Conservation professionals gathered in the heart of Beijing: IIC-Palace Museum 2018 Beijing Symposium

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Participants of the fourth IIC-ITCC workshop attended the Symposium ©IIC-ITCC /Palace Museum

By Alice Tsang

Time flies. It has been a year since Hong Kong hosted the inaugural IIC-Palace Museum Symposium series with the theme “Unroll and Unfold: Preserving Textiles and Thangkas to Last” in November 2017.

With lingering fond memories, I attended the second symposium of the series at the Palace Museum from 1-2 November 2018 and served as a moderator for one of the technical sessions. Entitled “Scientific Approaches to Paper and Photograph Conservation”, the Symposium gathered together 16 distinguished speakers and 27 poster presenters to address a spectrum of varied challenges in our professional obligations. Amongst a worldwide attendance of over 120 were the 24 participants who completed the 4th IIC-International Training Centre for Conservation (IIC-ITCC) programme one day before the Symposium

Coupled with its prime location, cultural significance and huge collection of masterpieces in paintings and calligraphies collected over the past five centuries, the Palace Museum is indeed an ideal host for this thematic event. The event was kicked off with the warm welcome remarks from Dr Jixiang Shan (Director, Palace Museum), Ms Sarah Staniforth (Former President, IIC) and Mr Shing-wai Chan (Assistant Director, Leisure and Cultural Services Department, Hong Kong). The technical programme was arranged in four panel sessions which examined subjects related to the conservation of paintings & calligraphy, ancient books, film, archives & photographs and scientific analysis.

Beyond the technical programme, the first evening included a fascinating welcome reception at the Icehouse Café which was formerly the ice store of the imperial family. This was followed by a guided tour the next morning to the ‘Conservation Hospital’ which operates as the flagship that spearheads advances in conservation and scientific research in China. This unparalleled establishment, with a full range of cutting-edge facilities and conservation specialties, is a sublime place for pursuing conservation excellence, nurturing expertise as well as increasing professional connectivity in the field.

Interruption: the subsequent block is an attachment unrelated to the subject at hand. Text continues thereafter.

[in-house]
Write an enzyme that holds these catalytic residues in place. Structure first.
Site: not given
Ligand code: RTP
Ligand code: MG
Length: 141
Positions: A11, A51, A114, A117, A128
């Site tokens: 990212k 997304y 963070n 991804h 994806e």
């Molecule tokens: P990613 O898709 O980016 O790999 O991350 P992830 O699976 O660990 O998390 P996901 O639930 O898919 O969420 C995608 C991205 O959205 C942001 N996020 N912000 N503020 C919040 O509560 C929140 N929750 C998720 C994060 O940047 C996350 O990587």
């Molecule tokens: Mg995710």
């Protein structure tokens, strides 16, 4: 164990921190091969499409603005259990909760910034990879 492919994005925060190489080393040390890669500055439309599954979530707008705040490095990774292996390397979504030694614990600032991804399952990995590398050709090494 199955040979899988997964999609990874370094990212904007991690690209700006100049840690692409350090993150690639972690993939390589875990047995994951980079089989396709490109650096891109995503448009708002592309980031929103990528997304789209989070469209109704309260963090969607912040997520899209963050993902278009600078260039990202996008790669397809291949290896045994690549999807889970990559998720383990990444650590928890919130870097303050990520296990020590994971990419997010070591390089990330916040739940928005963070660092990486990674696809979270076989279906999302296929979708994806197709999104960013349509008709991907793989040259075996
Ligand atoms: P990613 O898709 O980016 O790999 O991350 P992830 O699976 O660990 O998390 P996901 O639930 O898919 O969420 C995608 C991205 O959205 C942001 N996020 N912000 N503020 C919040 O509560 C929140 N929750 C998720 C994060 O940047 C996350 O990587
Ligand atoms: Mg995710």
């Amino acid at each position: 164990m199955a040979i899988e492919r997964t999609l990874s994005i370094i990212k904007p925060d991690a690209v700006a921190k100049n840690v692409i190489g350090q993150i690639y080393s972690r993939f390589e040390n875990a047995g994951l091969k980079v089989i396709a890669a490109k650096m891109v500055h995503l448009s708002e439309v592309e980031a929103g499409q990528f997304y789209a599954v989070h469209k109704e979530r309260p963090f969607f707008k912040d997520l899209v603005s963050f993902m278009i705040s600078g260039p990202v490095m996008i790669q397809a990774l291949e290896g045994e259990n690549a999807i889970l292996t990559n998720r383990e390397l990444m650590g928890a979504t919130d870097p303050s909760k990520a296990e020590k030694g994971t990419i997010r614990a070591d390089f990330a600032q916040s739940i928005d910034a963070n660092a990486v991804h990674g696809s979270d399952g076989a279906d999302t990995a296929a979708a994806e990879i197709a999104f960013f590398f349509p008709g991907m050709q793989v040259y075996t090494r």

By the last evening, participants were all surely overloaded with information, inspired and ready to go home or continue with sightseeing to explore the historic city. But there was one more heart-warming souvenir for every participant to take home, which was a group photo beautifully wrapped in the style of a traditional Chinese handscroll. We are incredibly grateful to the event host - the Palace Museum - who made us all feel so welcome, and all the staff who gave of their time and access to their superb laboratories and conservation studios.

It was a whirlwind experience and very enjoyable. I will also take this opportunity to encourage conservators and museum professionals worldwide to stay tuned for the 5th (2019) IIC-ITCC workshop which will focus on ceramic conservation, as well as the 2nd Museum Summit to be organised by the Leisure and Cultural Services Department in Hong Kong from 28-29 November 2019.

AUTHOR BYLINE

Alice Tsang holds a BSc in chemistry from University College London and a post-graduate certificate in archaeological conservation from University College London, an MA in cultural management from Chinese University of Hong Kong and an MA in museum studies from University of Sydney. She works as a conservation manager in the Leisure and Cultural Services Department, Hong Kong. She has been an IIC Fellow since 2015, and is a current member of the IIC Council.

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With lingering fond memories, I attended the second symposium of the series at the Palace Museum from 1-2 November 2018 and served as a moderator for one of the technical sessions. Entitled “Scientific Approaches to Paper and Photograph Conservation”, the Symposium gathered together 16 distinguished speakers and 27 poster presenters to address a spectrum of varied challenges in our professional obligations.
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